size, which has twice come to us from j
St. Olafs College in Wisconsin, but j
marvelous in its precision and its |
command of effect; of nuance ?their j
qualities have, in fact, been wrought I
to such a superlative degree of j
perfection that their employment
approaches dangerously near to
seeming an affectation. This apprehen
nion is heightened by the frequent re- |
sort to the device of humming for which
the composers who have arranged the
folksongs are responsible. Song is ar
?'2,000
Prize Contest
Closes Next Week
Huyler's is offering ?2,000
in prizes for a slogan or
descriptive phrase for the
famous $1.50 assortment of
bon bons and chocolates.
Yoa can obtain contest
blank and full particulars at
any Huyler's store or agency.
#1,000 for die best suggestion.
Fi vesecond pri-ees of f> 100 each.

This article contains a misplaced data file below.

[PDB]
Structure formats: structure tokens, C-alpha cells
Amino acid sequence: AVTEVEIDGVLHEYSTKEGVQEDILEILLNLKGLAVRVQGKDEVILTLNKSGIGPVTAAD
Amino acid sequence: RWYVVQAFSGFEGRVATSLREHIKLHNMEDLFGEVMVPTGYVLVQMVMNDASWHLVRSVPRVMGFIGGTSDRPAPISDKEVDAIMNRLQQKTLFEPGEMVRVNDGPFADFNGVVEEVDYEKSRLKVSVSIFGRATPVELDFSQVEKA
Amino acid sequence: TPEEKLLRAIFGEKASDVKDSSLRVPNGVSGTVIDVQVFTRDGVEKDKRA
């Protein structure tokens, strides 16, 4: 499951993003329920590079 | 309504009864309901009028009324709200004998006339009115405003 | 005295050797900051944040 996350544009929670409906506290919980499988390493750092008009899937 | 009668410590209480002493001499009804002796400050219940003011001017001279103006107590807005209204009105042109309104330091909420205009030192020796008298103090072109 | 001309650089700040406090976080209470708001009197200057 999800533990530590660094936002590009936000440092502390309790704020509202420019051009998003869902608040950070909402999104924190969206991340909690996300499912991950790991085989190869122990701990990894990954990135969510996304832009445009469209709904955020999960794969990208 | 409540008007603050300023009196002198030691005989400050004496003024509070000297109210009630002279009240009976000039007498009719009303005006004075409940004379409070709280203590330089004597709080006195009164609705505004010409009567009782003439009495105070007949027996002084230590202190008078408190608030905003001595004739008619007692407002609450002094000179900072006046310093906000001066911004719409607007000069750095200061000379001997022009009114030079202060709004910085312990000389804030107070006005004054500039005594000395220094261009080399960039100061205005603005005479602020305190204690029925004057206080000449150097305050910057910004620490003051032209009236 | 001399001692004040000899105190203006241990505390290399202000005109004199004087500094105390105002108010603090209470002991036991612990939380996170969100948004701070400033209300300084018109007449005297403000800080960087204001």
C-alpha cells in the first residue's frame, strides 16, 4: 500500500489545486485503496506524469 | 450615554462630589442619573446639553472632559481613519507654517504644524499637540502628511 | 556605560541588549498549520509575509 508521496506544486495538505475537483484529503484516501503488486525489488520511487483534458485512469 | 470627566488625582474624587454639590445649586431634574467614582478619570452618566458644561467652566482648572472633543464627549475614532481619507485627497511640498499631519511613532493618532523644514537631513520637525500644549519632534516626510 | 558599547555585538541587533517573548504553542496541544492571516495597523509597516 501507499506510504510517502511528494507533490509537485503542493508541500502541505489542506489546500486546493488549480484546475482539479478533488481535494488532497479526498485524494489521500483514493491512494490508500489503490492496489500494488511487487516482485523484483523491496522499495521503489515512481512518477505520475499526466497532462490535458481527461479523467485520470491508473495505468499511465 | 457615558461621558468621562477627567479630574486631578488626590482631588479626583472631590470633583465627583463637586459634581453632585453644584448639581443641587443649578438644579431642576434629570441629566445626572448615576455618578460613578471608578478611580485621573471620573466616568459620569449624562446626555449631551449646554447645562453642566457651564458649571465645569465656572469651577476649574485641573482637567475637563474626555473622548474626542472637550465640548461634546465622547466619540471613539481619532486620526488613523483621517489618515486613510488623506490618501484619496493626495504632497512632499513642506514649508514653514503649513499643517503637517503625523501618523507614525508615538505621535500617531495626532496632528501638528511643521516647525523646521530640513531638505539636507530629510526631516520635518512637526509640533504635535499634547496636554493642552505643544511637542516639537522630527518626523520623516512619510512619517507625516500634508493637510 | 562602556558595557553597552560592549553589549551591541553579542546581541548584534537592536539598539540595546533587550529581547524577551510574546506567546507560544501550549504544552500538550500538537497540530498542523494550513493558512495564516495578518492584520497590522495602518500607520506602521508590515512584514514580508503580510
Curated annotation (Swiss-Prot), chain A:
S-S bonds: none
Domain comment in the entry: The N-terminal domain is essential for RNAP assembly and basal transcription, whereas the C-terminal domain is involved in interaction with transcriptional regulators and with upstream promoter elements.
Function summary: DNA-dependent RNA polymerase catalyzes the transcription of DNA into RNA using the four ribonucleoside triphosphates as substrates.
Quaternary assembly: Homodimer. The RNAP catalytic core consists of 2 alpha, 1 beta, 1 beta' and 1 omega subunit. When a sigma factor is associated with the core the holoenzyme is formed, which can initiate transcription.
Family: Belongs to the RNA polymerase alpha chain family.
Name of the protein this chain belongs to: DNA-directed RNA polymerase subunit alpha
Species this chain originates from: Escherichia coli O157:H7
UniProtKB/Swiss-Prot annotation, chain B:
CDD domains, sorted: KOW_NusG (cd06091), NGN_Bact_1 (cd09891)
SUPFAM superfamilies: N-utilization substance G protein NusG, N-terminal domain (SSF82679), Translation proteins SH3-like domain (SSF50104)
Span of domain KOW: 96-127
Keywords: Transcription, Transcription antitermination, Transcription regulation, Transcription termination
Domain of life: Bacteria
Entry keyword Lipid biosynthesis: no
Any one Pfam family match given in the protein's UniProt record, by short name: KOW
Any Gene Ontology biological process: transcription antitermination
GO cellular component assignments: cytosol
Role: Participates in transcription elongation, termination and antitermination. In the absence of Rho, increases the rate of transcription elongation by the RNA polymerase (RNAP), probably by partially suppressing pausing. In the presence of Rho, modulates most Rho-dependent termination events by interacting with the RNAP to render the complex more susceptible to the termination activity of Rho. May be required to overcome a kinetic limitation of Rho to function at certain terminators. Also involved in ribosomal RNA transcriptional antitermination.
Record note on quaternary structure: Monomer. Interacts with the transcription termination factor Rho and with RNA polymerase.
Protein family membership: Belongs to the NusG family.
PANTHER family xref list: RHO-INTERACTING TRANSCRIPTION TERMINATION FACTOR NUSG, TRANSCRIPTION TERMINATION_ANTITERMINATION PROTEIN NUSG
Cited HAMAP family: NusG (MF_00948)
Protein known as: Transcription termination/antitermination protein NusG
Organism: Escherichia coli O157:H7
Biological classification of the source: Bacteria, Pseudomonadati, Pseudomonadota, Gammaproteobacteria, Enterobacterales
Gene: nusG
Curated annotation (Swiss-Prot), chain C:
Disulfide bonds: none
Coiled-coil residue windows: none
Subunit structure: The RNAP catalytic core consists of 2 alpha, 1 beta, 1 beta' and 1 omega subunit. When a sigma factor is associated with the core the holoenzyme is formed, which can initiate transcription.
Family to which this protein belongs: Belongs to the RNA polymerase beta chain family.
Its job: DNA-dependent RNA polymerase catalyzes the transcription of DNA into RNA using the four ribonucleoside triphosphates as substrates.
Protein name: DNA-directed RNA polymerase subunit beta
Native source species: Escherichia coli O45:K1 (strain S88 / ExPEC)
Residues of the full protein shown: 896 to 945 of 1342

Ten third prizes of #50 each
and 23 additional awards of
?1.50 boxes of candy.
Contest closes
Saturday, October 14th
Girr your suggestion in today!
136 East 18th Street
. New York City
ticulate speech, and when the human
voice is treated like an inanimate in?
strument it is degradad. We do not
want a choir to sound like an organ,
but. like n body of singers. In the ar?
rangement:? heard last nlj-irt were
many effects of harmony and voice
(ombination which we have come to
consider as characteristic of the Rus?
sian school of composers. Nearly all
of thorn were chnrmintr as well as
rtrikingly original, but they were not
echoes of the folk music >.f any part
of Russia except in their melodies.
We know peasant son"; to be something